* Offers $29.50/share for Pepsi Bottling Group
* Offers $23.27/share for PepsiAmericas
* Both bids are 17.1 pct premium; much lower than average
* Bottler shares surge past asking price; Pepsi down 4 pct
* Credit Suisse says offer could rise as much as 10 pct
(Adds data, analyst comment on premium; changes bullet
By Martinne Geller and Jennifer Robin Raj
NEW YORK/BANGALORE, April 20 PepsiCo Inc
offered $6 billion to buy the remaining stakes in its two
largest bottlers, Pepsi Bottling Group and PepsiAmericas, as it
seeks to secure more control of its distribution and cut
The U.S. soft-drink maker's plan to consolidate its
bottling system is a major departure from its earlier strategy
and highlights changes such as the consolidation of retailers
and the growth of noncarbonated drinks, which are made
differently than carbonated sodas.
"Strategically, this represents a major about-face for
PepsiCo and the entire beverage industry," JPMorgan analyst
John Faucher said, adding the offer was "truly a shock."
The cash-and-stock deal would give PepsiCo direct control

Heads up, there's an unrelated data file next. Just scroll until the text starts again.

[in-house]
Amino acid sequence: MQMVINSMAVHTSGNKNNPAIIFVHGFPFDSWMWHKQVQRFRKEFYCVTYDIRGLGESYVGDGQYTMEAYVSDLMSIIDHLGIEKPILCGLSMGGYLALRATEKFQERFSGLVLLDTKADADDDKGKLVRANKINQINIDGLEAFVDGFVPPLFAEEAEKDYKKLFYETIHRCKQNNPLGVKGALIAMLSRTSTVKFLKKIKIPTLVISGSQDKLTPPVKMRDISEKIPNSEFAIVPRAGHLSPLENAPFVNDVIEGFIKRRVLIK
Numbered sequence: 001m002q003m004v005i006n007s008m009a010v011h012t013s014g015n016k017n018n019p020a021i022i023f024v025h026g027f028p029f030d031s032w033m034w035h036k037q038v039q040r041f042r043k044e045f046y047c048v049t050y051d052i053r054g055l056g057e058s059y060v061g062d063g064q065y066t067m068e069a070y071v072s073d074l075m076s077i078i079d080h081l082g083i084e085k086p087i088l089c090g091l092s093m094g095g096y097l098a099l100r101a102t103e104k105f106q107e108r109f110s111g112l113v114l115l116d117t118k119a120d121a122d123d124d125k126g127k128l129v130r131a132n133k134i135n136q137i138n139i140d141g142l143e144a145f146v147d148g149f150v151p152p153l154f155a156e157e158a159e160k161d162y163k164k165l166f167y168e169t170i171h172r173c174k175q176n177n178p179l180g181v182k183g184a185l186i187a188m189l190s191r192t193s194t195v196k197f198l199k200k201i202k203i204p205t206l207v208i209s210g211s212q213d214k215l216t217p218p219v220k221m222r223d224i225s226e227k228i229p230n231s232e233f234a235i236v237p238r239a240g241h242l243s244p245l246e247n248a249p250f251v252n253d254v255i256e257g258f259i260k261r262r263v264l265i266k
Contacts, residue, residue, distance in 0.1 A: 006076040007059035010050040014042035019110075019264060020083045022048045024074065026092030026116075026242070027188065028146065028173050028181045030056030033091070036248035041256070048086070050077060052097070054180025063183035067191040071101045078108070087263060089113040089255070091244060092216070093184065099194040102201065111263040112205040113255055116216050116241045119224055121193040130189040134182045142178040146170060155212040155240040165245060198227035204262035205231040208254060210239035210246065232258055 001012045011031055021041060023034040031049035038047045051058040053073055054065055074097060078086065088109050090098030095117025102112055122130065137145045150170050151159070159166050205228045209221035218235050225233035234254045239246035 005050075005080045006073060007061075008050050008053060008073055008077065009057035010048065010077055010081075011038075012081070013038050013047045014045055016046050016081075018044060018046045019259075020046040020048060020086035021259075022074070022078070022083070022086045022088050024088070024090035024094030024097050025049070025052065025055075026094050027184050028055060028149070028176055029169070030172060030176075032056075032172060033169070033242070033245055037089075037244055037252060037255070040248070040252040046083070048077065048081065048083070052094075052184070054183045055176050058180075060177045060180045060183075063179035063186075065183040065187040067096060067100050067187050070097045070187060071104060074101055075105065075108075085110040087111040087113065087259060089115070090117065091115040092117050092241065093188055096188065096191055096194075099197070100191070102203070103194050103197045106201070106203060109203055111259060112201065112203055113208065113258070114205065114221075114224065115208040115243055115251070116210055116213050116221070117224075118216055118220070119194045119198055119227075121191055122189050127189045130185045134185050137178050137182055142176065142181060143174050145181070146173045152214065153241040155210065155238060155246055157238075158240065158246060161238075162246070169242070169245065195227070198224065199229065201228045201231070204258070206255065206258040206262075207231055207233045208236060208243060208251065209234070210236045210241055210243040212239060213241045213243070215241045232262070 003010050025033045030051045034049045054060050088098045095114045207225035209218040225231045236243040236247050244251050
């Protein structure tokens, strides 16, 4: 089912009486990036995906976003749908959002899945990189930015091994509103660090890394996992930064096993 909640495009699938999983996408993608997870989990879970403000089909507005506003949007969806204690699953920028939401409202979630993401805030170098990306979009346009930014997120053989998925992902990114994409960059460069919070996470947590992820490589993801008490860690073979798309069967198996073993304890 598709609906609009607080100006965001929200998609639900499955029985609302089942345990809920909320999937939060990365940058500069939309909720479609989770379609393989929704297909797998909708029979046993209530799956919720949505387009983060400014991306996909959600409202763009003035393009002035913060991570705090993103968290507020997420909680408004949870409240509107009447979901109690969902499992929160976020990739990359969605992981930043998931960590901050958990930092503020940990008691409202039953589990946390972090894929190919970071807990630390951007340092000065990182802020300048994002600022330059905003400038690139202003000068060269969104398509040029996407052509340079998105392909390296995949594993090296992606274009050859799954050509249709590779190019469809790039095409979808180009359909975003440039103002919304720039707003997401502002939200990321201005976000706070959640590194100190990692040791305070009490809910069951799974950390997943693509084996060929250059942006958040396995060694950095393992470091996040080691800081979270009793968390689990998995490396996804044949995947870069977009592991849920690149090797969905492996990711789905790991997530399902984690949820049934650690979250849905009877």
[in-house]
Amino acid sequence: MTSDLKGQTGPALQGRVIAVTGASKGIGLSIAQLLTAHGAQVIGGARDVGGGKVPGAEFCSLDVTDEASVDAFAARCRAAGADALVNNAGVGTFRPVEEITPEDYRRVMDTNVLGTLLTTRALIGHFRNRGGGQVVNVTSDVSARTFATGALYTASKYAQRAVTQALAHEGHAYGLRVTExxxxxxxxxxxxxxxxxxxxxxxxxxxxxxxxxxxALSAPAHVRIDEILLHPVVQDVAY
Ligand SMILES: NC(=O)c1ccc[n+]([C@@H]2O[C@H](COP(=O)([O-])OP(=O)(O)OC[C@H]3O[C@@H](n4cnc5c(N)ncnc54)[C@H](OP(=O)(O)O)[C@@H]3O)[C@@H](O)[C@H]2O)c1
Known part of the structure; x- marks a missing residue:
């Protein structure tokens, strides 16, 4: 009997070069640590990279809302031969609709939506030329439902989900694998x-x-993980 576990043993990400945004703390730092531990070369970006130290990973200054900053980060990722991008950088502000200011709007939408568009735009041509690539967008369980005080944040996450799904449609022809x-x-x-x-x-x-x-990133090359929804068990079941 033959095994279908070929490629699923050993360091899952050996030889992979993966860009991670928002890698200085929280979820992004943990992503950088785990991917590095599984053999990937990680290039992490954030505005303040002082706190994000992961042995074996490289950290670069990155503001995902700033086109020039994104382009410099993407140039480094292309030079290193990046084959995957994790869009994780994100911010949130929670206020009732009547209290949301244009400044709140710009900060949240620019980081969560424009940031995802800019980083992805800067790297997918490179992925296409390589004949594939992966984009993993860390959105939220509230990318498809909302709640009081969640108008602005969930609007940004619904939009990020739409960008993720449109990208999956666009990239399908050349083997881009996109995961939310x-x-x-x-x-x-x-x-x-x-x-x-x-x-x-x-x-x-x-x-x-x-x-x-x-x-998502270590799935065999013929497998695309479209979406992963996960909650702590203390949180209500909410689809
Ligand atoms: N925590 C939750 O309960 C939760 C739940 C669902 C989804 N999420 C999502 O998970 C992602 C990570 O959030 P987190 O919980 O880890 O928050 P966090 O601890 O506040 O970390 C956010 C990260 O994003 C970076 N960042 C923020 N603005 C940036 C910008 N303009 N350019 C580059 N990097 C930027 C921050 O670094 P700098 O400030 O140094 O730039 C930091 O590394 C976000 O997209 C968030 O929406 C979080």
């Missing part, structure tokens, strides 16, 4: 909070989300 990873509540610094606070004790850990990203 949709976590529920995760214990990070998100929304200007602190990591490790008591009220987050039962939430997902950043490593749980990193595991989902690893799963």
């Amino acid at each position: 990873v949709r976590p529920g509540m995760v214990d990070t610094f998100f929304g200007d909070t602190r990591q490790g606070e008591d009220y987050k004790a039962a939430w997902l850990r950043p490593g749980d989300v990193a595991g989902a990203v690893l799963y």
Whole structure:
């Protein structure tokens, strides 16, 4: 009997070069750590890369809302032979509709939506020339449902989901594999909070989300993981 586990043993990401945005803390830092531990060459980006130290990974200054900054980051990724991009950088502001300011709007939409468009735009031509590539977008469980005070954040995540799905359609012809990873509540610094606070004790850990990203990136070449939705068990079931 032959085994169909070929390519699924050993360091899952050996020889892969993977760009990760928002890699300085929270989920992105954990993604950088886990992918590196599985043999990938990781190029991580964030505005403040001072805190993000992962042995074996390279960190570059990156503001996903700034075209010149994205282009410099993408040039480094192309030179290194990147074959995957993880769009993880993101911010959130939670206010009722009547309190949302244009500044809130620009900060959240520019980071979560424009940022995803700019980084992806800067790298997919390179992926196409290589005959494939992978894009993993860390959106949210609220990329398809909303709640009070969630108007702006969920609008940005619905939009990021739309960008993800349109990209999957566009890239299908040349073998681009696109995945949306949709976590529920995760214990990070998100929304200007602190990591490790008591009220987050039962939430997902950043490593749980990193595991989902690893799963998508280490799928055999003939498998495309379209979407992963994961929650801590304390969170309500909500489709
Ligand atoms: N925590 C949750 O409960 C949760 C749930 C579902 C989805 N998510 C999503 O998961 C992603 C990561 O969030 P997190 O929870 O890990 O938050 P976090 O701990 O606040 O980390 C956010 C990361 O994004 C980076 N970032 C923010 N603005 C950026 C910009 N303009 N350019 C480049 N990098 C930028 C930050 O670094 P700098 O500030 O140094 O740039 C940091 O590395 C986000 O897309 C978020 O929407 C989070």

of 80 percent of its North America beverage distribution
volume, which could be a competitive advantage in some markets
against archrival Coca-Cola Co (KO.N), said John Sicher, editor
and publisher of industry publication Beverage Digest.
"It's about speed, agility and control," Sicher said. Pepsi
would be able to make selling decisions about its drinks
without having to discuss them with the bottlers, he said.
PepsiCo also reported a quarterly profit that topped Wall
Street estimates, helped by better-than-anticipated trends in
its Frito-Lay snack business and overseas.
The company's shares closed down $2.27, or 4.35 percent, at
$49.86 on the New York Stock Exchange on Monday afternoon.
PREMIUM OF MORE THAN 17 PERCENT
PepsiCo (PEP.N) said on Monday it offered $29.50 per share
in cash and stock for Pepsi Bottling Group PBG.N and $23.27
per share for PepsiAmericas PAS.N, representing a 17.1
percent premium to both companies' closing stock prices on
Friday. The deal values Pepsi Bottling at $6.49 billion and